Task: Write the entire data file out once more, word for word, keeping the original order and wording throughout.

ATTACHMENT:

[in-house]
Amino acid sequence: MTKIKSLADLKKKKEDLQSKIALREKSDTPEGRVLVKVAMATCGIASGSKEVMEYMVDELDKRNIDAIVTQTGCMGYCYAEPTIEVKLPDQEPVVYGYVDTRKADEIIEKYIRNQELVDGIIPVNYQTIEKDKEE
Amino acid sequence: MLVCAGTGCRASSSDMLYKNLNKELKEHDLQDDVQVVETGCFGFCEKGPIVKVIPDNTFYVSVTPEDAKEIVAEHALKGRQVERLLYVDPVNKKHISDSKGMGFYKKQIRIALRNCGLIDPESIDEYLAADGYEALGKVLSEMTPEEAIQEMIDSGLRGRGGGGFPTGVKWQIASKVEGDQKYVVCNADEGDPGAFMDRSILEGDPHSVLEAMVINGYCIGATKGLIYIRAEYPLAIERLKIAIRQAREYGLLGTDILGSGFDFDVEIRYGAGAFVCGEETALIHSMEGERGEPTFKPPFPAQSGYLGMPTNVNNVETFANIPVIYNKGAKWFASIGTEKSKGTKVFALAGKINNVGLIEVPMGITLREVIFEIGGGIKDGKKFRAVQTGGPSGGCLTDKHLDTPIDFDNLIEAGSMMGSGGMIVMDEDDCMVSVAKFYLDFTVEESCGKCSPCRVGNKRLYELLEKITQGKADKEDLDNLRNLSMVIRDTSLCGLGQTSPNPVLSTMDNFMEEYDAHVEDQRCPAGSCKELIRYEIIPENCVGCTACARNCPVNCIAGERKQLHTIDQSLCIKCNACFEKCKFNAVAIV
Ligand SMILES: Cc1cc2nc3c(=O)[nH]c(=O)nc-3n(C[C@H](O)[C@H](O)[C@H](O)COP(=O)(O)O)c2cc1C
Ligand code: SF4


[in-house]
Amino acid sequence: MTKIKSLADLKKKKEDLQSKIALREKSDTPEGRVLVKVAMATCGIASGSKEVMEYMVDELDKRNIDAIVTQTGCMGYCYAEPTIEVKLPDQEPVVYGYVDTRKADEIIEKYIRNQELVDGIIPVNYQTIEKDKEE
Amino acid sequence: MLVCAGTGCRASSSDMLYKNLNKELKEHDLQDDVQVVETGCFGFCEKGPIVKVIPDNTFYVSVTPEDAKEIVAEHALKGRQVERLLYVDPVNKKHISDSKGMGFYKKQIRIALRNCGLIDPESIDEYLAADGYEALGKVLSEMTPEEAIQEMIDSGLRGRGGGGFPTGVKWQIASKVEGDQKYVVCNADEGDPGAFMDRSILEGDPHSVLEAMVINGYCIGATKGLIYIRAEYPLAIERLKIAIRQAREYGLLGTDILGSGFDFDVEIRYGAGAFVCGEETALIHSMEGERGEPTFKPPFPAQSGYLGMPTNVNNVETFANIPVIYNKGAKWFASIGTEKSKGTKVFALAGKINNVGLIEVPMGITLREVIFEIGGGIKDGKKFRAVQTGGPSGGCLTDKHLDTPIDFDNLIEAGSMMGSGGMIVMDEDDCMVSVAKFYLDFTVEESCGKCSPCRVGNKRLYELLEKITQGKADKEDLDNLRNLSMVIRDTSLCGLGQTSPNPVLSTMDNFMEEYDAHVEDQRCPAGSCKELIRYEIIPENCVGCTACARNCPVNCIAGERKQLHTIDQSLCIKCNACFEKCKFNAVAIV
Ligand SMILES: Cc1cc2nc3c(=O)[nH]c(=O)nc-3n(C[C@H](O)[C@H](O)[C@H](O)COP(=O)(O)O)c2cc1C
Ligand code: SF4